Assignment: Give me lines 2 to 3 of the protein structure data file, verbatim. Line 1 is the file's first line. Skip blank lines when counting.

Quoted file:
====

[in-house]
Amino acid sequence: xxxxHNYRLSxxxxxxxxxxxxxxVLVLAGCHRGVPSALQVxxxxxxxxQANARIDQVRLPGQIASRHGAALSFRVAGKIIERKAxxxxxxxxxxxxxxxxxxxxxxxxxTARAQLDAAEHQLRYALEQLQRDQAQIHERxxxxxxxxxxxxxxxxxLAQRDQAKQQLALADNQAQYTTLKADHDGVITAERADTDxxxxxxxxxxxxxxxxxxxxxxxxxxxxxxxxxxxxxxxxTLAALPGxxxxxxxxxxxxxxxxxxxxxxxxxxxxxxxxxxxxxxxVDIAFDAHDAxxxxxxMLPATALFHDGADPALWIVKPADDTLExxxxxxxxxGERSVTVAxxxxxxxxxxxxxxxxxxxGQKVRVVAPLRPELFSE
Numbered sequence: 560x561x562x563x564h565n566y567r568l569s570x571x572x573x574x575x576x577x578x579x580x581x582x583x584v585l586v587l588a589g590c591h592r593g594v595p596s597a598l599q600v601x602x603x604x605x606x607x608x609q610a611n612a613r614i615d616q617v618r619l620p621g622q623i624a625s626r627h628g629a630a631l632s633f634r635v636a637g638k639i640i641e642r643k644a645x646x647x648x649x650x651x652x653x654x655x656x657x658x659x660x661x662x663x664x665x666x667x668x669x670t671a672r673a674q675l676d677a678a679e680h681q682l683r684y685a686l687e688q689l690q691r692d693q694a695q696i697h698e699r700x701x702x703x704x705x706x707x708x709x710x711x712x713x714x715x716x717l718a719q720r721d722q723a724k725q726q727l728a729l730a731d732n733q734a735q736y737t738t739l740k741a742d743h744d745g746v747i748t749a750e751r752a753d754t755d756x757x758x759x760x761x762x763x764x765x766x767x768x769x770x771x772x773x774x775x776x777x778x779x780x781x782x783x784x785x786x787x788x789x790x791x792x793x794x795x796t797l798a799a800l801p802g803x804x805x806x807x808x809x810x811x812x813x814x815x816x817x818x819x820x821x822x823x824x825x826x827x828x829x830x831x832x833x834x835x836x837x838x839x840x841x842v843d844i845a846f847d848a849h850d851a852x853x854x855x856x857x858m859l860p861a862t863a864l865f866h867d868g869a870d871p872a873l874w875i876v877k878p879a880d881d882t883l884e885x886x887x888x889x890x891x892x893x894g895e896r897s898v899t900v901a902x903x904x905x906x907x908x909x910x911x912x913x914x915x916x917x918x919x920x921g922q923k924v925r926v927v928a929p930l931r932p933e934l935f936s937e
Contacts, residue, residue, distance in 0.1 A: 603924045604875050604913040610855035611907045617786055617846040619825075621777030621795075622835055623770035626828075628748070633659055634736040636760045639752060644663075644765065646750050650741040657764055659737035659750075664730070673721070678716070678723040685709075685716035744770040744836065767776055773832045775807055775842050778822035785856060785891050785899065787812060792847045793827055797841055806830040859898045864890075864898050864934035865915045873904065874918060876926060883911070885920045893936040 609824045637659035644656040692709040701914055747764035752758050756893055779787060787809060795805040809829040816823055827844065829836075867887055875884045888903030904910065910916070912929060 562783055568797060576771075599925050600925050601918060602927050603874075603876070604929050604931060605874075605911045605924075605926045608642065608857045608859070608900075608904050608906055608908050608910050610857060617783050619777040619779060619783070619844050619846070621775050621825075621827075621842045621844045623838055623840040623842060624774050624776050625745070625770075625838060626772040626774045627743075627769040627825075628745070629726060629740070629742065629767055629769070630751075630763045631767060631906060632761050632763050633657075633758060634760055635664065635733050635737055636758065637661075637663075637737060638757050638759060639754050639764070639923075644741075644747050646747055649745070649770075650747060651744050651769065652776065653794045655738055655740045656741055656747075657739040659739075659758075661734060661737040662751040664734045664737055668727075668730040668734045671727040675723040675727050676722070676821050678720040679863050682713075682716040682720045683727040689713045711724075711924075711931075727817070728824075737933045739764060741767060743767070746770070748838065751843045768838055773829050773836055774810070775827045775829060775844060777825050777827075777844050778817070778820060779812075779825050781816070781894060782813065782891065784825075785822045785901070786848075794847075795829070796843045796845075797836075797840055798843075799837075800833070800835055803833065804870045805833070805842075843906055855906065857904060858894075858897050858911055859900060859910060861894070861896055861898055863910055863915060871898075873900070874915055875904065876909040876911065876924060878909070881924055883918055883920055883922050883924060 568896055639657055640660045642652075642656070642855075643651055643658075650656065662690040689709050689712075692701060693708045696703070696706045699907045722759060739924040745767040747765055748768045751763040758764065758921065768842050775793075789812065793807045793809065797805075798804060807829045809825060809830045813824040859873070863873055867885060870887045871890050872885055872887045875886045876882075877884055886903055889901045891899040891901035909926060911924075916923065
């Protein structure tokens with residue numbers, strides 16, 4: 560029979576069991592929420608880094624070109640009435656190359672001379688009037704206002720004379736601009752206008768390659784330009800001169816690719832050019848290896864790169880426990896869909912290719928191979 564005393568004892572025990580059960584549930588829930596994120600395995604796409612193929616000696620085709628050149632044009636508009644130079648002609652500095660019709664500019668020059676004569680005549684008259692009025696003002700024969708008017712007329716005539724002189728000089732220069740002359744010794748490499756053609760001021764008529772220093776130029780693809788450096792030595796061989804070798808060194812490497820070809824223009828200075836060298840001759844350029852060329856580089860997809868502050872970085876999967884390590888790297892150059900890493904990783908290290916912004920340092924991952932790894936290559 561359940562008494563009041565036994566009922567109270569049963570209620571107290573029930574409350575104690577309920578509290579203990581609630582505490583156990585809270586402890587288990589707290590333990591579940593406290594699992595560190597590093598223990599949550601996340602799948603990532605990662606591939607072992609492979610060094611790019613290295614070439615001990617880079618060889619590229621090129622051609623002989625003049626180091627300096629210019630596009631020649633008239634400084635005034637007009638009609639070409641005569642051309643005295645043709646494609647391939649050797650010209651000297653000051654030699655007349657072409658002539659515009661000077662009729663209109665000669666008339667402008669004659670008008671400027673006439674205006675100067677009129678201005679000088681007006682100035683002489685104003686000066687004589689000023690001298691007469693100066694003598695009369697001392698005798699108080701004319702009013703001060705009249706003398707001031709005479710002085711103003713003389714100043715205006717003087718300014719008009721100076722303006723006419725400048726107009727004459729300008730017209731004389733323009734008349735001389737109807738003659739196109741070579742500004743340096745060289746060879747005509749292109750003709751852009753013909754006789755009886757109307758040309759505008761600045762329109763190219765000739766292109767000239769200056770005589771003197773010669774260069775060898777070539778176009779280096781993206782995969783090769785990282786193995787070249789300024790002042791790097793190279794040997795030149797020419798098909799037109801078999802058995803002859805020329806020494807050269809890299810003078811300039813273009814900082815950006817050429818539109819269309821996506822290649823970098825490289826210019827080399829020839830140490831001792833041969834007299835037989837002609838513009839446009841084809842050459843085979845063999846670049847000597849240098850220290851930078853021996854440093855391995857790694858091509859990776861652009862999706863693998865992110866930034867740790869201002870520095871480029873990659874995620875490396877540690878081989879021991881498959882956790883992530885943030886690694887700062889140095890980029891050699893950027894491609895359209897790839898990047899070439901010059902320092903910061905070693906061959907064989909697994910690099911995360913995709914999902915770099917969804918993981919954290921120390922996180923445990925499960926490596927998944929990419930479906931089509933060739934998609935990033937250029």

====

Amino acid sequence: xxxxHNYRLSxxxxxxxxxxxxxxVLVLAGCHRGVPSALQVxxxxxxxxQANARIDQVRLPGQIASRHGAALSFRVAGKIIERKAxxxxxxxxxxxxxxxxxxxxxxxxxTARAQLDAAEHQLRYALEQLQRDQAQIHERxxxxxxxxxxxxxxxxxLAQRDQAKQQLALADNQAQYTTLKADHDGVITAERADTDxxxxxxxxxxxxxxxxxxxxxxxxxxxxxxxxxxxxxxxxTLAALPGxxxxxxxxxxxxxxxxxxxxxxxxxxxxxxxxxxxxxxxVDIAFDAHDAxxxxxxMLPATALFHDGADPALWIVKPADDTLExxxxxxxxxGERSVTVAxxxxxxxxxxxxxxxxxxxGQKVRVVAPLRPELFSE
Numbered sequence: 560x561x562x563x564h565n566y567r568l569s570x571x572x573x574x575x576x577x578x579x580x581x582x583x584v585l586v587l588a589g590c591h592r593g594v595p596s597a598l599q600v601x602x603x604x605x606x607x608x609q610a611n612a613r614i615d616q617v618r619l620p621g622q623i624a625s626r627h628g629a630a631l632s633f634r635v636a637g638k639i640i641e642r643k644a645x646x647x648x649x650x651x652x653x654x655x656x657x658x659x660x661x662x663x664x665x666x667x668x669x670t671a672r673a674q675l676d677a678a679e680h681q682l683r684y685a686l687e688q689l690q691r692d693q694a695q696i697h698e699r700x701x702x703x704x705x706x707x708x709x710x711x712x713x714x715x716x717l718a719q720r721d722q723a724k725q726q727l728a729l730a731d732n733q734a735q736y737t738t739l740k741a742d743h744d745g746v747i748t749a750e751r752a753d754t755d756x757x758x759x760x761x762x763x764x765x766x767x768x769x770x771x772x773x774x775x776x777x778x779x780x781x782x783x784x785x786x787x788x789x790x791x792x793x794x795x796t797l798a799a800l801p802g803x804x805x806x807x808x809x810x811x812x813x814x815x816x817x818x819x820x821x822x823x824x825x826x827x828x829x830x831x832x833x834x835x836x837x838x839x840x841x842v843d844i845a846f847d848a849h850d851a852x853x854x855x856x857x858m859l860p861a862t863a864l865f866h867d868g869a870d871p872a873l874w875i876v877k878p879a880d881d882t883l884e885x886x887x888x889x890x891x892x893x894g895e896r897s898v899t900v901a902x903x904x905x906x907x908x909x910x911x912x913x914x915x916x917x918x919x920x921g922q923k924v925r926v927v928a929p930l931r932p933e934l935f936s937e